In taking up the line of reasoning regarding the incommensurability between "situatedness" and "symmetry", Ihde outlines the steps in a complex transition from a hermeneutics of the practices of scientific research to an anti-essentialist view about the reality constituted by technoscience technologies. In a first step, he addresses Heidegger's initial crypto-philosophy of technology implied by the doctrine that readiness-to-hand precedes presence-at-hand. (The concernful circumspection in the world's contexts of equipment that characterizes "average everydayness" stresses the necessity and universality of elementary technologies in all modes of being-in-the-world. By employing these technologies, there is no chance to transform the totality of co-referential contexts of equipment into a standing-reserve. All routine practices constituting average everydayness are operating with elementary technologies. The work-world, involving all possible things that are ready-to-hand, is a texture of interwoven technologies.) Analyzing this initial "philosophy of technology" put forward in Being and Time allows Ihde to argue that because scientific research is not only based upon pre-scientific readiness-to-hand, but is also characterized by its own practical everydayness (i.e., by its own readiness-to-hand) due to the use of instruments and the instrumental embodiment of scientific practices, science by its very nature is always already a technological enterprise. In scientific research there are not only thematic entities (observable and non-observable objects) that are present-to-hand, but also entities that in their instrumental use "withdraw", thereby becoming "transparent" within the interrelatedness of practices of inquiry. To draw a demarcation between these "transparent entities" and the thematic objects amounts to a highly complicated task even with regard to classical physical science.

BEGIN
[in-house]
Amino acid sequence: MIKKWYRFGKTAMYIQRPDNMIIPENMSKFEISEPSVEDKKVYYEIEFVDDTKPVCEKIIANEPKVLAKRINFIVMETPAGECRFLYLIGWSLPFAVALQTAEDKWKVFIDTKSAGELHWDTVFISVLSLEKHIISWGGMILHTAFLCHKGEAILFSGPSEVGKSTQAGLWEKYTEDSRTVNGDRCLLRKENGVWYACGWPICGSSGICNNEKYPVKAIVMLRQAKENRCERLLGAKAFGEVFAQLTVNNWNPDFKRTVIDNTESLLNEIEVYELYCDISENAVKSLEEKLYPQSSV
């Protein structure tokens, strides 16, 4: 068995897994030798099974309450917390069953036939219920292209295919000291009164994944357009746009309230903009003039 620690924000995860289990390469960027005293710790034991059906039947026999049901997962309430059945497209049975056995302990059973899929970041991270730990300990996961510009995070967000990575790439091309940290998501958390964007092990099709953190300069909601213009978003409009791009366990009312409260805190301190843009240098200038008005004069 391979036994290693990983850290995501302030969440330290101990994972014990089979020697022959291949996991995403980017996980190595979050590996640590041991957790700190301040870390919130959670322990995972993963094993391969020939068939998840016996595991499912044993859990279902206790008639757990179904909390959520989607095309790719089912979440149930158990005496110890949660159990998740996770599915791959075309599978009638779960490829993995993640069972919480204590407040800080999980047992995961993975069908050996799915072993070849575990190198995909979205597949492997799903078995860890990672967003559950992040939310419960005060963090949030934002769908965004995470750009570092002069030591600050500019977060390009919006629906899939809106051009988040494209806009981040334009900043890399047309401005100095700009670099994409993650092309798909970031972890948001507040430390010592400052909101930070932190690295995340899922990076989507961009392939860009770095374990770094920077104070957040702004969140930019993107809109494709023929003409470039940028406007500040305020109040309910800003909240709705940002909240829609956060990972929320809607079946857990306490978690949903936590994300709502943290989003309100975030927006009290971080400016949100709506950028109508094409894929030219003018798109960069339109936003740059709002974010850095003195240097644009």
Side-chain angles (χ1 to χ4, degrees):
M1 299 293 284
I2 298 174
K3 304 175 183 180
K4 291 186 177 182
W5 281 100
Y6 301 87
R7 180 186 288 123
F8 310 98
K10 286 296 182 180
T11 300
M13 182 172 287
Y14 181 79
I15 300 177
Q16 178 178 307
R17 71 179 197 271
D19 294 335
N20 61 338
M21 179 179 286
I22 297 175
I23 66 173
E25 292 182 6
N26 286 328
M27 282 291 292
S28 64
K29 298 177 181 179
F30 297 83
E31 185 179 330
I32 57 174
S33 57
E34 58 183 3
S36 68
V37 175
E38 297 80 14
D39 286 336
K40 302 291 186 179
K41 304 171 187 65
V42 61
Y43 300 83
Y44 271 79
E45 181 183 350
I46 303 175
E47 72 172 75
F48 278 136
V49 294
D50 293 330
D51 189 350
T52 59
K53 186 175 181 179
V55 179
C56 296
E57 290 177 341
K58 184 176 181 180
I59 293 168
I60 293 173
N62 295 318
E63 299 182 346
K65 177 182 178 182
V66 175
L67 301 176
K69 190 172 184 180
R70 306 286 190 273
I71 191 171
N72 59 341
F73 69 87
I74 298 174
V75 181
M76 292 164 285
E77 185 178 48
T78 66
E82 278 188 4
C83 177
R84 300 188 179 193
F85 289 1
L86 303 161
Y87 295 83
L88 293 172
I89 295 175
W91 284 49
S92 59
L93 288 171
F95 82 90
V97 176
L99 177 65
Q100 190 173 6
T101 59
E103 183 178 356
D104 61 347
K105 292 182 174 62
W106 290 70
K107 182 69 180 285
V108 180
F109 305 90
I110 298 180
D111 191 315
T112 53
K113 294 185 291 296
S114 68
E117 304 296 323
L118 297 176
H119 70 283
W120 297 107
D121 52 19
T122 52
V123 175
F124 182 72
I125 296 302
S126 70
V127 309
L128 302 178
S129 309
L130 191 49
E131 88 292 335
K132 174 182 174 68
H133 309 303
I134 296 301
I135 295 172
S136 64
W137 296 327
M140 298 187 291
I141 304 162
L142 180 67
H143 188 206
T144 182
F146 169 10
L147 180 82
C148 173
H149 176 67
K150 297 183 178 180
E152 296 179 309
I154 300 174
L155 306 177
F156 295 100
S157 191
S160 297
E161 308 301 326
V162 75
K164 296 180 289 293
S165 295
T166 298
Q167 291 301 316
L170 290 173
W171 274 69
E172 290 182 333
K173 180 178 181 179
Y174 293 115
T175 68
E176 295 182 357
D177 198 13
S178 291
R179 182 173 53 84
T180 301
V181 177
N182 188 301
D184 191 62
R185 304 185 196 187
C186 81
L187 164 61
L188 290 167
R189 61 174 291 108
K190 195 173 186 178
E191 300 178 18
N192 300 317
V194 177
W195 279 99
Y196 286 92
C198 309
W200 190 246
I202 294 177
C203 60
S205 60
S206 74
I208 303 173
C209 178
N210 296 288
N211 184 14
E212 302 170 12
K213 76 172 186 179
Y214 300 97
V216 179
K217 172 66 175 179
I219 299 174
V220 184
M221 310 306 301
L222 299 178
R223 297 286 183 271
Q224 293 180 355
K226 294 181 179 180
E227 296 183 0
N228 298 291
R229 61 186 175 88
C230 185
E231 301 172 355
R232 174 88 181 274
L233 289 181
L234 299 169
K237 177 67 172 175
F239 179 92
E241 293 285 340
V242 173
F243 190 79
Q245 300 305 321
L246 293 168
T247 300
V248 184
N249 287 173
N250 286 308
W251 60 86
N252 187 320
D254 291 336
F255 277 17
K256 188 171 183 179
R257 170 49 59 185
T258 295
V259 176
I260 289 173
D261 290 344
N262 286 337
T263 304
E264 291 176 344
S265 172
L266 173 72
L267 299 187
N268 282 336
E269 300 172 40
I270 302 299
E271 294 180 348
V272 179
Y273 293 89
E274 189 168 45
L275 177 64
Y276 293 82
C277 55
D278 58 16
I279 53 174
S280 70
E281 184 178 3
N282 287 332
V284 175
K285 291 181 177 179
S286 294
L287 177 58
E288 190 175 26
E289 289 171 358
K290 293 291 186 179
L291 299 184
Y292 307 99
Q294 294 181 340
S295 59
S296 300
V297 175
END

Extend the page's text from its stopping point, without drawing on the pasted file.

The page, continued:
Ihde goes on to assert that Heidegger's earlier thinking on technology (the "tool analysis" in Being and Time) proves to be superior to the later thinking characterized by essentialist reductionism about technological artifacts. According to Ihde's reconstruction of Heidegger's philosophy of technology, the analysis of readiness-to-hand prepares in a quite special manner the themes concerning the essence of technology. It also prepares, however, Ihde's own alternative treatment of the diversity of technologies without a unifying essence. Thus, we have a second step in the transition from the hermeneutics of scientific practices to a non-essentialist philosophy of technoscience. Ihde insists that a post-Heideggerian illumination of technology's specific regime of revealing-concealing in the modern epoch has to be accomplished in terms of an interplay between the present-at-hand and the ready-to-hand.